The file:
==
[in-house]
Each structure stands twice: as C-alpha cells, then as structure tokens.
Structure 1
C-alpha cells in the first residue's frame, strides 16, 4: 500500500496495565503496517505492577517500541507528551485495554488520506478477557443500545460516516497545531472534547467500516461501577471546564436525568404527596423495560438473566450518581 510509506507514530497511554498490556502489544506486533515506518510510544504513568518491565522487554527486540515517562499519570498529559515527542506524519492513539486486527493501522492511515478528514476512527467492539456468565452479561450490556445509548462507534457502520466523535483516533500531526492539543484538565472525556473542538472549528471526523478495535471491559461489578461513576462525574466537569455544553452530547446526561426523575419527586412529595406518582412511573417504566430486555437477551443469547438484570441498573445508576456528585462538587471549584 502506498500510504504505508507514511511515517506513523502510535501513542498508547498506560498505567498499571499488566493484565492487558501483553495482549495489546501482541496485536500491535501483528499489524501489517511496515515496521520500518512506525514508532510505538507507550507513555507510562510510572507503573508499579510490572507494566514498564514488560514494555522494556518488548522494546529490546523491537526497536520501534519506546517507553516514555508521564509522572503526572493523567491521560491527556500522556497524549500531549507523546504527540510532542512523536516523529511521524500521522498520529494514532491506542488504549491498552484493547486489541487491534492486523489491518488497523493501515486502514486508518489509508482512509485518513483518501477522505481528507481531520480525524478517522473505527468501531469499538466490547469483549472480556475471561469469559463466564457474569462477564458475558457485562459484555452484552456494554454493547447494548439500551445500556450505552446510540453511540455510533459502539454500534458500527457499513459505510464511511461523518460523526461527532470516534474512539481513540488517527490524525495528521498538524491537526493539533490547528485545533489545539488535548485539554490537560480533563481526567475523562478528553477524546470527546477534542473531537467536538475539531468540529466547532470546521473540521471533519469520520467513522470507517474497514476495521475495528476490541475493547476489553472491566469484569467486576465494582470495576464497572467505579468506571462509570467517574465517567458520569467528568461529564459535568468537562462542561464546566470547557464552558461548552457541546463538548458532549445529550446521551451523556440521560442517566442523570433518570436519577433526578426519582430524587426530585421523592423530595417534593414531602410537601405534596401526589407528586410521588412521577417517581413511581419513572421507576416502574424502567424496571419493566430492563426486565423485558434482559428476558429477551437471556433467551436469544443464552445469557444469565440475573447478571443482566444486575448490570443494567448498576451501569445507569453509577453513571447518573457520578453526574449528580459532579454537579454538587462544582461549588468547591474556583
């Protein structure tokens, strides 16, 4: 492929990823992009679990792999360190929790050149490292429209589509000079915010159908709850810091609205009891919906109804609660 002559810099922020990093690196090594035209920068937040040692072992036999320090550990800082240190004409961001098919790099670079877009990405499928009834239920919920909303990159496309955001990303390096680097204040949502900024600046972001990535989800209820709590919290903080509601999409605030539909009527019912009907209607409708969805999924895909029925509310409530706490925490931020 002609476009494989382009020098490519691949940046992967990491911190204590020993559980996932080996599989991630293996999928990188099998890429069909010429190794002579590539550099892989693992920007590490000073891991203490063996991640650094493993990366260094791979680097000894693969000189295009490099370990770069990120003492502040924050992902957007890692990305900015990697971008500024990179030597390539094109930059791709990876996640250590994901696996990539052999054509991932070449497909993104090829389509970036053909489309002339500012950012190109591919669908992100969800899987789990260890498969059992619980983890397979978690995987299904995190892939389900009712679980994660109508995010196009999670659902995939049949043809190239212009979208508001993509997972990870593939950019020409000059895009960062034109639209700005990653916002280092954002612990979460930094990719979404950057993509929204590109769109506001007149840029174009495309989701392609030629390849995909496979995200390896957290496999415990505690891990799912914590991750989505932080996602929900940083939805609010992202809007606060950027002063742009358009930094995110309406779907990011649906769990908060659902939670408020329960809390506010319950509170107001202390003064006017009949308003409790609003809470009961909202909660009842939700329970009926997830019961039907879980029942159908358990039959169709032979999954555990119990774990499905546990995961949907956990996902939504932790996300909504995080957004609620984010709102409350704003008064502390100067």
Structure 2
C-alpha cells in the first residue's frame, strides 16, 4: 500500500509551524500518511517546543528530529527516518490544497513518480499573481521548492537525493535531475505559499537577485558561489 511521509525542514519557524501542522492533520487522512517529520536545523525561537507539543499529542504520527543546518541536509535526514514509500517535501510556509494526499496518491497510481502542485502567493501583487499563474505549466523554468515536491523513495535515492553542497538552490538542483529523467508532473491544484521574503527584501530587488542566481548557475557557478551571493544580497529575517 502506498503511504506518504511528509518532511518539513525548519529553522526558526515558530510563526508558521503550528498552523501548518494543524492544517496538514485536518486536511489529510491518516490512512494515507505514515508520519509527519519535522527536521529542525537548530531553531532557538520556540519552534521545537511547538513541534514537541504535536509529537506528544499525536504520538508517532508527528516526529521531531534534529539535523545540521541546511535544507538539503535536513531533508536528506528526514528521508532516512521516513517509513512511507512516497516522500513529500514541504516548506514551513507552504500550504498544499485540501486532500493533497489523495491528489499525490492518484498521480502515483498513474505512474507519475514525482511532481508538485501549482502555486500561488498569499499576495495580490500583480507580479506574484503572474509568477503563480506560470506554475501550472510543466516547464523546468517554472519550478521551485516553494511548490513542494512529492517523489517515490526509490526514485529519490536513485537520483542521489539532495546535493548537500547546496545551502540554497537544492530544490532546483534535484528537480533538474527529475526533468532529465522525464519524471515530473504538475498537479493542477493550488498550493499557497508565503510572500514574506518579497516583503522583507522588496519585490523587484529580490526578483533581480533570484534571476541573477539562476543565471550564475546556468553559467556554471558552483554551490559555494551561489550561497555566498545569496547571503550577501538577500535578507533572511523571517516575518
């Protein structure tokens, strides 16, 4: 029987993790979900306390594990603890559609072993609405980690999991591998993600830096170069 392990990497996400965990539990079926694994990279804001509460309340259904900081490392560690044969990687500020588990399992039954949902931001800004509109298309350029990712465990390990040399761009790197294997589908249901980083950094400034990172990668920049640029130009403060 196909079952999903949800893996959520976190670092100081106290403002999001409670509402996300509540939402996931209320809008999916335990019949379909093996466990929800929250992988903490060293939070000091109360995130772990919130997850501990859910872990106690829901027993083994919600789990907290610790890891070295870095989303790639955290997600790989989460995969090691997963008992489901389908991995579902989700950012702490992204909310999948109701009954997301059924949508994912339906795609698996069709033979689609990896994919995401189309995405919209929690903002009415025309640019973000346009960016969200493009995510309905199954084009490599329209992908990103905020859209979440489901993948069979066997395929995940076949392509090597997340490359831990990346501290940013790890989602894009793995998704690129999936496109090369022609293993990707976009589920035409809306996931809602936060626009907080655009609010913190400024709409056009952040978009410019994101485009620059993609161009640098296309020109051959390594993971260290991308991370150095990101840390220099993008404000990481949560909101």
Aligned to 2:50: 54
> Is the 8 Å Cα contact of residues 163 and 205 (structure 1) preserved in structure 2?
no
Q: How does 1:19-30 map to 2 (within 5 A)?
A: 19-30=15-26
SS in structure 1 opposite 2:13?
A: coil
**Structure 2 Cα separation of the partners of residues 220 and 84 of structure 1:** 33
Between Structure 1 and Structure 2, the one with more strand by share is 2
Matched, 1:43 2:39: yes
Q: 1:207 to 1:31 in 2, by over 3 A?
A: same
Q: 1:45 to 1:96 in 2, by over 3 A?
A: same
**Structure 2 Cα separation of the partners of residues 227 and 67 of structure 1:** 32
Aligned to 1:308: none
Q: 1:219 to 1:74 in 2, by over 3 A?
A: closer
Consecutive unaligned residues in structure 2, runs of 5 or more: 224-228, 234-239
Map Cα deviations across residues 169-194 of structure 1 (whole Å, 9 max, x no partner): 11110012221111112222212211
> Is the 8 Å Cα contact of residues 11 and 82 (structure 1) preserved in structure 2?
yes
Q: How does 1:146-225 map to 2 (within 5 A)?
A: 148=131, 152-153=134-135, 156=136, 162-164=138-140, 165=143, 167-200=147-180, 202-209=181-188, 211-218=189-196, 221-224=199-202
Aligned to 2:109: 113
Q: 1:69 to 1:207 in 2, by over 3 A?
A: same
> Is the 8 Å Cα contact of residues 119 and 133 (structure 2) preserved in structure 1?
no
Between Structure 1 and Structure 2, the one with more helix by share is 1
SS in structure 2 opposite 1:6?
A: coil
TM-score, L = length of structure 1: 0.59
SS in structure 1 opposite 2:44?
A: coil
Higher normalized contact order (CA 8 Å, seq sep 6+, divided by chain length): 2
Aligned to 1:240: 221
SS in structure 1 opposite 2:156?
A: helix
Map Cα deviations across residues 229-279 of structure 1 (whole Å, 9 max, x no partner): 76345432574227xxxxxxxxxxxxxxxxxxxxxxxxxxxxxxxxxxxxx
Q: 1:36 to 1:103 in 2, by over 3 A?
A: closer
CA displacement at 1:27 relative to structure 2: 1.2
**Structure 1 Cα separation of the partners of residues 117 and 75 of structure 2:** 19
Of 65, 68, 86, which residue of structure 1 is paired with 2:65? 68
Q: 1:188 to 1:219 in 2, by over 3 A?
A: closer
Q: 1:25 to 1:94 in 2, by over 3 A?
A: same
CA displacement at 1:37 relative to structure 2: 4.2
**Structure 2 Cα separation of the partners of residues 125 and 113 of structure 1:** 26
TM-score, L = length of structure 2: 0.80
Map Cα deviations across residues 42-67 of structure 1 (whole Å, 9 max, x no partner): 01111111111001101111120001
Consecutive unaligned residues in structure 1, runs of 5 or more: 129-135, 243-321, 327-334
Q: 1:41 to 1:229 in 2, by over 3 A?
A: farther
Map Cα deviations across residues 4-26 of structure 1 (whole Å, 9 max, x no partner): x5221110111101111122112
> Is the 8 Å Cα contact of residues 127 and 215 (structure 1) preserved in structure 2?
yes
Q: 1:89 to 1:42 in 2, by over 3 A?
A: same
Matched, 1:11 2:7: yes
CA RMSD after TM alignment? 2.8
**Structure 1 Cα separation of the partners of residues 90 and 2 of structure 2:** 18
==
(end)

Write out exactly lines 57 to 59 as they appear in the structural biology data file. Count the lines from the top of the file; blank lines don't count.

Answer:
A: same
CA displacement at 1:37 relative to structure 2: 4.2
**Structure 2 Cα separation of the partners of residues 125 and 113 of structure 1:** 26